7. You famously wrote an article about your anti-bucket list. If you were forced to choose one buck list stop, where would it be?
Ah now, since writing that article, I’ve been to one of those ultimate ‘bucket list’ stops -> The Grand Canyon. I went there slightly by accident, in that I was passing through Flagstaff and wasn’t sure, but my hostel basically said “don’t be stupid, it’s the Grand Canyon”. I anticipated it to be ‘a hole in the ground’. Well … yeh, it was a ‘hole in the ground’, but it’s quite a spectacular hole and I definitely enjoyed wandering around the rim for a few hours.
As to the article itself, many of my friends on Twitter have raised an eyebrow at my inclusion of ‘Japan’ (it’s because I’m an introvert and I suspect I’d feel very lost and overwhelmed there) , so I suspect of all the places listed on it, Japan would be the one place I’d probably choose to go.
8. What would the world be like if it were filled with male and female copies of you?
My old boss briefly toyed with the same thought. She said the team would be considerably more efficient and productive with multiple clones of me, given my thought process and problem-solving ability. She very quickly realised the disadvantages though …
A world of me? Well, nothing would ever really get done/finished, and it wouldn’t be the most sociable of environments; it would be really quiet, punctuated with highly intense arguments or evidence of passive-aggressive bloodymindedness. Nothing would run on time as people would get distracted by shiny things as they moved about their business. And humanity would be doomed as no-one would want to consider even getting close enough to each other never mind entertain the idea of children!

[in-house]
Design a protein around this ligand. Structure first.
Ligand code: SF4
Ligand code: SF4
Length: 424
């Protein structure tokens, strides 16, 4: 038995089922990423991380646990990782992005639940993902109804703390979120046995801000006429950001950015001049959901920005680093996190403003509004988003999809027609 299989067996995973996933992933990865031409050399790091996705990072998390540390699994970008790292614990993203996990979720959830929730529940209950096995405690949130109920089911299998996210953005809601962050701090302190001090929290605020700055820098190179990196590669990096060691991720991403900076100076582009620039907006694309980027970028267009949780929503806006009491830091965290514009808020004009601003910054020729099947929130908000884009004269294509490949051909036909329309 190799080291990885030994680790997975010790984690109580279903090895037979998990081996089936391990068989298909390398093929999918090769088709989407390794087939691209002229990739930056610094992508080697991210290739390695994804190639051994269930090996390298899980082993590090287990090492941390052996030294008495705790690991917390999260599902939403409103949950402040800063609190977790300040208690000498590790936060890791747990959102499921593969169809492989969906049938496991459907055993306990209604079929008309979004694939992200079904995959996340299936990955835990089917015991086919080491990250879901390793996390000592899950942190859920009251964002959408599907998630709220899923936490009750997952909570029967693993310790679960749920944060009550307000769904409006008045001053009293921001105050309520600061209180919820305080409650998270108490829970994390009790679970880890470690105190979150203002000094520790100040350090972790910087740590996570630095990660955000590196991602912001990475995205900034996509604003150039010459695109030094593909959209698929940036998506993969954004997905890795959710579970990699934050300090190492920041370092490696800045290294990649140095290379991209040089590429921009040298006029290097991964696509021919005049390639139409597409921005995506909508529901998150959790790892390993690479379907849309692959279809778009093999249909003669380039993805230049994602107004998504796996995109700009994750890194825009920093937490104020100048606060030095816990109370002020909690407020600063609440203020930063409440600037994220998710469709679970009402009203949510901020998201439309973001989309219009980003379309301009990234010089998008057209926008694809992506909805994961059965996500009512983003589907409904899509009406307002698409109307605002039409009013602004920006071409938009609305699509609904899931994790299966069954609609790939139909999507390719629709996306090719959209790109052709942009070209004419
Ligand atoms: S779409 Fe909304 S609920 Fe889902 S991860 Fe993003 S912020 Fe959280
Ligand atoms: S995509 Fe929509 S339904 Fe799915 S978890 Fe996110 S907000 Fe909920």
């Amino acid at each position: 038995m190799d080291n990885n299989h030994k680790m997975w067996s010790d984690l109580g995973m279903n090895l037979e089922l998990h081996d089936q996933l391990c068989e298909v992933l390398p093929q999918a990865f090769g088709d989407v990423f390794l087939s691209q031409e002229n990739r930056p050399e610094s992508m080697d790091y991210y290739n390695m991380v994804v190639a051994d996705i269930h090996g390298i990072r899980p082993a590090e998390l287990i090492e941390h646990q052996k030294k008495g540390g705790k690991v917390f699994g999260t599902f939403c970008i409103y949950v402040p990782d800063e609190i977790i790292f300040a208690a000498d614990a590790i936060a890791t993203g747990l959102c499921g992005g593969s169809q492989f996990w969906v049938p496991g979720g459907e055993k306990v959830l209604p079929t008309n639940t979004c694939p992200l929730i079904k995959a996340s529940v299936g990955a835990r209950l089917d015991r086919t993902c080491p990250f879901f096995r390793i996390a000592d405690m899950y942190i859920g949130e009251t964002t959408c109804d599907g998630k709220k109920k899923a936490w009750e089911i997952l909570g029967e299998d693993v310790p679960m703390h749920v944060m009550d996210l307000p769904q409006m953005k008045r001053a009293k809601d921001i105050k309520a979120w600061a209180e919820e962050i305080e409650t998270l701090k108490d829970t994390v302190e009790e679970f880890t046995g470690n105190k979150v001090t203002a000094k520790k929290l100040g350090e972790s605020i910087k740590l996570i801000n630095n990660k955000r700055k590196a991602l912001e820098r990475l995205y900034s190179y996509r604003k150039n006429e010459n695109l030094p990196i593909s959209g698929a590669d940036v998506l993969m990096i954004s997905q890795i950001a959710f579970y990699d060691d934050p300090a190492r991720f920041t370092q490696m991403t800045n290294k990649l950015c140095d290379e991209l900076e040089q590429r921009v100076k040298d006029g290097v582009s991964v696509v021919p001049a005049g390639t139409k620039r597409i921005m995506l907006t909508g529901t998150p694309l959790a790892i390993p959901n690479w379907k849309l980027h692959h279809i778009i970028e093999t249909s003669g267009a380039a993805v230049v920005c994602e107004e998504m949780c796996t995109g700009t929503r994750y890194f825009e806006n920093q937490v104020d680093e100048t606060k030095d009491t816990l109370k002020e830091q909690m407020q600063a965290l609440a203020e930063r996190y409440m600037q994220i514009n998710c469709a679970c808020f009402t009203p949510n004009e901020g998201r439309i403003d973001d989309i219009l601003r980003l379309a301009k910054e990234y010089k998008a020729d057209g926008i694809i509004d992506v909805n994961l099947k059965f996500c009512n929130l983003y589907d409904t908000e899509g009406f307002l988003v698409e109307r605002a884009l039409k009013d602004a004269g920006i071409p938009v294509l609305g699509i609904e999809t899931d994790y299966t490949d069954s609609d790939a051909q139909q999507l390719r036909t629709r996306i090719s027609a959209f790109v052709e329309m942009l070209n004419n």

9. What’s the funniest thing you’ve seen on your travels?
Most people who’ve travelled the way I do would say something about other cultures – the unofficial competitions to see how many people (or doors) one can fit on a motorbike (4), or how many people can ride in a 16-seater minibus (25) – or maybe the absurdity of border crossings (being the only person on the minibus who needs to stamp through the border rather than just give out a cheeky bribe).
However for me, one of the things I always look out for is street art, or even just street graffiti, and sometimes it’s the simplest things that raise a smile. On a bridge in Belgrade, for instance, I noticed a chain of written comments relating to the finer points of English grammar; something completely out of place and easy to miss. Conversely, on a lamppost in my home town, someone who’d obviously thought they were some kind of French philosopher and artist from the 1920s wrote in marker pen “this is not mindless vandalism”.
Always keep your eyes open; you never know what you’ll find.
10. If you were transported 400 years into the past with no clothes or items, what would you do to prove you were from the future?
I don’t think there’s any way to definitively prove it, but I’m sure my knowledge of world events and dates would lead me to at least being regarded as some kind of weird soothsayer. And then probably getting killed in some kind of mob violence as they’d assume I was in league with the devil with all these unnervingly accurate predictions …
Keep up to date with Ian’s travel chats over on Twitter.